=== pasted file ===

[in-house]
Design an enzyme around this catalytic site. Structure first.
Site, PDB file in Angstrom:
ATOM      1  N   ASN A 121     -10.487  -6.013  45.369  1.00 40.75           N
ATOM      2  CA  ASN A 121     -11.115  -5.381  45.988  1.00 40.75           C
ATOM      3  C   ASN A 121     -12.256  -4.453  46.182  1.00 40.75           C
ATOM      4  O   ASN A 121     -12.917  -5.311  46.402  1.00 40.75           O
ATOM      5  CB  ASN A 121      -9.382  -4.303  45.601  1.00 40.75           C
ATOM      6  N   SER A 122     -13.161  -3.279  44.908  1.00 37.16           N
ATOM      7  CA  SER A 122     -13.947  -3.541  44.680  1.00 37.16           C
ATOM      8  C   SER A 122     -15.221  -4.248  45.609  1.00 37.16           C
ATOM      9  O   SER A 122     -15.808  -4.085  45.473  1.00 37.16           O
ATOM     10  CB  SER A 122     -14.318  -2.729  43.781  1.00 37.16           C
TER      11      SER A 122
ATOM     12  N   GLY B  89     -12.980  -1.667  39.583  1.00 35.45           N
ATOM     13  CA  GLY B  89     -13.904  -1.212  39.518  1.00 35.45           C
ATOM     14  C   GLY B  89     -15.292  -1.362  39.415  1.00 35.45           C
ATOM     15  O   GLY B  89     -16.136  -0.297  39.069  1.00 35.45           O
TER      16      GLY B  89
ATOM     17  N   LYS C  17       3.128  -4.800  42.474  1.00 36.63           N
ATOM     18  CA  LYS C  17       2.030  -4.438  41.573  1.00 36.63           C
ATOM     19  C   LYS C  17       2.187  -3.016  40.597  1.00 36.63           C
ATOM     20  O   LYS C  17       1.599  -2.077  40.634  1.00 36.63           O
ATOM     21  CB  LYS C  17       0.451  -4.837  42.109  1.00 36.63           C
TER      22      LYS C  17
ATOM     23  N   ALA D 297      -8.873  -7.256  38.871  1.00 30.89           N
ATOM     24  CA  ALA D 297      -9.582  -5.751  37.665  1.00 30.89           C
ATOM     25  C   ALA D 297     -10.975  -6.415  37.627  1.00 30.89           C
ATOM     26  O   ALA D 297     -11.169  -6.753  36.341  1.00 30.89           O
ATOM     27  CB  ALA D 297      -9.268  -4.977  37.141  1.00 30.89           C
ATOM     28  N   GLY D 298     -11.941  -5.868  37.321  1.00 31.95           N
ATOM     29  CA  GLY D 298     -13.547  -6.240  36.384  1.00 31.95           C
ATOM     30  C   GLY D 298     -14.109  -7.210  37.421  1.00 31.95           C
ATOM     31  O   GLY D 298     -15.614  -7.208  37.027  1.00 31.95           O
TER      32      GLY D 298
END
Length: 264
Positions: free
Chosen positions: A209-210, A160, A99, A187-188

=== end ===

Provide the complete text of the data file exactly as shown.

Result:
[in-house]
Design an enzyme around this catalytic site. Structure first.
Site, PDB file in Angstrom:
ATOM      1  N   ASN A 121     -10.487  -6.013  45.369  1.00 40.75           N
ATOM      2  CA  ASN A 121     -11.115  -5.381  45.988  1.00 40.75           C
ATOM      3  C   ASN A 121     -12.256  -4.453  46.182  1.00 40.75           C
ATOM      4  O   ASN A 121     -12.917  -5.311  46.402  1.00 40.75           O
ATOM      5  CB  ASN A 121      -9.382  -4.303  45.601  1.00 40.75           C
ATOM      6  N   SER A 122     -13.161  -3.279  44.908  1.00 37.16           N
ATOM      7  CA  SER A 122     -13.947  -3.541  44.680  1.00 37.16           C
ATOM      8  C   SER A 122     -15.221  -4.248  45.609  1.00 37.16           C
ATOM      9  O   SER A 122     -15.808  -4.085  45.473  1.00 37.16           O
ATOM     10  CB  SER A 122     -14.318  -2.729  43.781  1.00 37.16           C
TER      11      SER A 122
ATOM     12  N   GLY B  89     -12.980  -1.667  39.583  1.00 35.45           N
ATOM     13  CA  GLY B  89     -13.904  -1.212  39.518  1.00 35.45           C
ATOM     14  C   GLY B  89     -15.292  -1.362  39.415  1.00 35.45           C
ATOM     15  O   GLY B  89     -16.136  -0.297  39.069  1.00 35.45           O
TER      16      GLY B  89
ATOM     17  N   LYS C  17       3.128  -4.800  42.474  1.00 36.63           N
ATOM     18  CA  LYS C  17       2.030  -4.438  41.573  1.00 36.63           C
ATOM     19  C   LYS C  17       2.187  -3.016  40.597  1.00 36.63           C
ATOM     20  O   LYS C  17       1.599  -2.077  40.634  1.00 36.63           O
ATOM     21  CB  LYS C  17       0.451  -4.837  42.109  1.00 36.63           C
TER      22      LYS C  17
ATOM     23  N   ALA D 297      -8.873  -7.256  38.871  1.00 30.89           N
ATOM     24  CA  ALA D 297      -9.582  -5.751  37.665  1.00 30.89           C
ATOM     25  C   ALA D 297     -10.975  -6.415  37.627  1.00 30.89           C
ATOM     26  O   ALA D 297     -11.169  -6.753  36.341  1.00 30.89           O
ATOM     27  CB  ALA D 297      -9.268  -4.977  37.141  1.00 30.89           C
ATOM     28  N   GLY D 298     -11.941  -5.868  37.321  1.00 31.95           N
ATOM     29  CA  GLY D 298     -13.547  -6.240  36.384  1.00 31.95           C
ATOM     30  C   GLY D 298     -14.109  -7.210  37.421  1.00 31.95           C
ATOM     31  O   GLY D 298     -15.614  -7.208  37.027  1.00 31.95           O
TER      32      GLY D 298
END
Length: 264
Positions: free
Chosen positions: A209-210, A160, A99, A187-188